Category Archives: Collective Impact

Democracy is dying. Time to get to work.

I came across an article by George Monbiot (www.monbiot.com) that appeared in the Guardian this July. In this article, Monbiot writes about James McGill Buchanan, an economist influenced by neoliberalism and deeply funded by billionaire Charles Koch, the 7th wealthiest person in the world.

According to Monbiot, Buchanan was an advocate for what he called the public choice theory. The general gist is that “society could not be considered free unless every citizen has the right to veto its decisions. What he meant by this was that no one should be taxed against their will. But the rich were being exploited by people who use their votes to demand money that others have earned, through involuntary taxes to support public spending and welfare. Allowing workers to form trade unions and imposing graduated income taxes are forms of “differential or discriminatory legislation” against the owners of capital.

“Any clash between what he called ‘freedom’ (allowing the rich to do as they wished) and democracy should be resolved in favour of freedom. In his book The Limits of Liberty, he noted that “despotism may be the only organisational alternative to the political structure that we observe.” Despotism in defence of freedom.

His prescription was what he called a “constitutional revolution: creating irrevocable restraints to limit democratic choice. Sponsored throughout his working life by wealthy foundations, billionaires and corporations, he develop both a theoretical account of what this constitutional revolution would look like and a strategy for implementing it” (Source).

Buchanan’s influence extends beyond the United States. In 1980, he assisted the Pinochet dictatorship to write a new constitution. “Amid the torture and killings, he advised the government to extend its programmes of privatisation, austerity, monetary restraint, deregulation and the destruction of trade unions: a package that helped trigger economic collapse in 1982” (Source).

GIFSec.comNevertheless, believe it or not, in 1986 Buchanan was awarded the Nobel Memorial Prize for economics. This was the man who was against desegregating schools in the American South. He advocated for the privatization of just about everything: universities (at which all students would be required to pay full tuition). He was a proponent of privatized health care which is so costly what is spent in the United States by governments to mitigate its impact on those who can’t pay exceeds the costs of universal health care in Canada. He also thought it would be a good idea to privatize Social Security. Ask yourself when privatization materially improved the lives of everyday people.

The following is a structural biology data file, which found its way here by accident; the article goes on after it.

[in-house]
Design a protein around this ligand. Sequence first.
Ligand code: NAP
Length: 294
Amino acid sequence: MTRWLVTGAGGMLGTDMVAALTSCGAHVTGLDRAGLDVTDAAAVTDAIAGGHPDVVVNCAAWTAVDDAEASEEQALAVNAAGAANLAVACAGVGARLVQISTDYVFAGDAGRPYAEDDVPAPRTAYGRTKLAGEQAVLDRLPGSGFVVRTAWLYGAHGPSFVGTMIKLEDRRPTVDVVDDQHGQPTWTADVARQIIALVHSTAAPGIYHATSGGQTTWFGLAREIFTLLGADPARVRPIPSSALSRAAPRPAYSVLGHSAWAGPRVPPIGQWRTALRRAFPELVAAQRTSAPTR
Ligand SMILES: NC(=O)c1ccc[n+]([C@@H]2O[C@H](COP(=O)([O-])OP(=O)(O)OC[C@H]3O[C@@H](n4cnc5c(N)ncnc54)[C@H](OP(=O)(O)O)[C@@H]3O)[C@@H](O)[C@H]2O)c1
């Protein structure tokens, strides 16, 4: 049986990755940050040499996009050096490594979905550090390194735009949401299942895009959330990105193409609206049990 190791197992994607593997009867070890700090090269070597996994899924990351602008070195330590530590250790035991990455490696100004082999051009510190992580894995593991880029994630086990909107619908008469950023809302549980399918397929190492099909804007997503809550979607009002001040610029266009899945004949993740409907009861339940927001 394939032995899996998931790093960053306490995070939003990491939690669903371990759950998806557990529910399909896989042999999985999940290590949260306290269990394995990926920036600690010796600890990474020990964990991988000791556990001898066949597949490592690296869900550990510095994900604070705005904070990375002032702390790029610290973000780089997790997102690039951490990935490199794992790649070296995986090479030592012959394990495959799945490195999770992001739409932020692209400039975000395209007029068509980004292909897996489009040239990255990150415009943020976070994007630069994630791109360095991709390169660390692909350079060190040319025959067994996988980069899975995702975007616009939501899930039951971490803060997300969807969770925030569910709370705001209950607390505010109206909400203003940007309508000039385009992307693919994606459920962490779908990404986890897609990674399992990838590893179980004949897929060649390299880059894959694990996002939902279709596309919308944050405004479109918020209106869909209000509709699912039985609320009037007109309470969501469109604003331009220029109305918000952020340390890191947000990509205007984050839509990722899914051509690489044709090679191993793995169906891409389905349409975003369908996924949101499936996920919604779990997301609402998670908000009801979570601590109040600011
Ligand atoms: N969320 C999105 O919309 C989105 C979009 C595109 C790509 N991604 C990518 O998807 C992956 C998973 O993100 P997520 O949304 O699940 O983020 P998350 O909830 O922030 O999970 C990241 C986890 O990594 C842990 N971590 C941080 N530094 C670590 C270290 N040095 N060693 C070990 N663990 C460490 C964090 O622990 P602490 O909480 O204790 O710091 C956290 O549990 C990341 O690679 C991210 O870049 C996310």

According to Monbiot, Buchanan set out to “demolish trust in public institutions. He aimed, in short, to save capitalism from democracy” (Source).

While you may not have heard of Buchanan, his economic theories and political ideology appear to have served as the backbone for how things work in America.
One has to wonder if his form of “radical capitalism” influenced the financial crisis in 2007, when millions lost their homes due to banking and loaning practices that were driven by greed by those with money in pursuit of more. Remarkably, despite legal activity up the yin-yang, those who caused the disaster were bailed out, made sure they got big bonuses, and no one went to jail. Those who lost their homes received no help to speak of.

the_rich_fewAs income inequality prospers in the United States (and to a lessor extent in Canada), we see the Trump administration making decisions that benefit the super wealthy and punish those struggling to survive. His new health care act will kill people, harm those who are just surviving, and create more profits for mega-health providers. He is a savvy businessman if nothing else. He knows that a single payer system would work better and cost less. By the way, despite their advertisements to the contrary, these health care corporations hire people who can earn bonuses by denying claims (based on an interview I did with a claims officer at one of the largest health providers in the US.).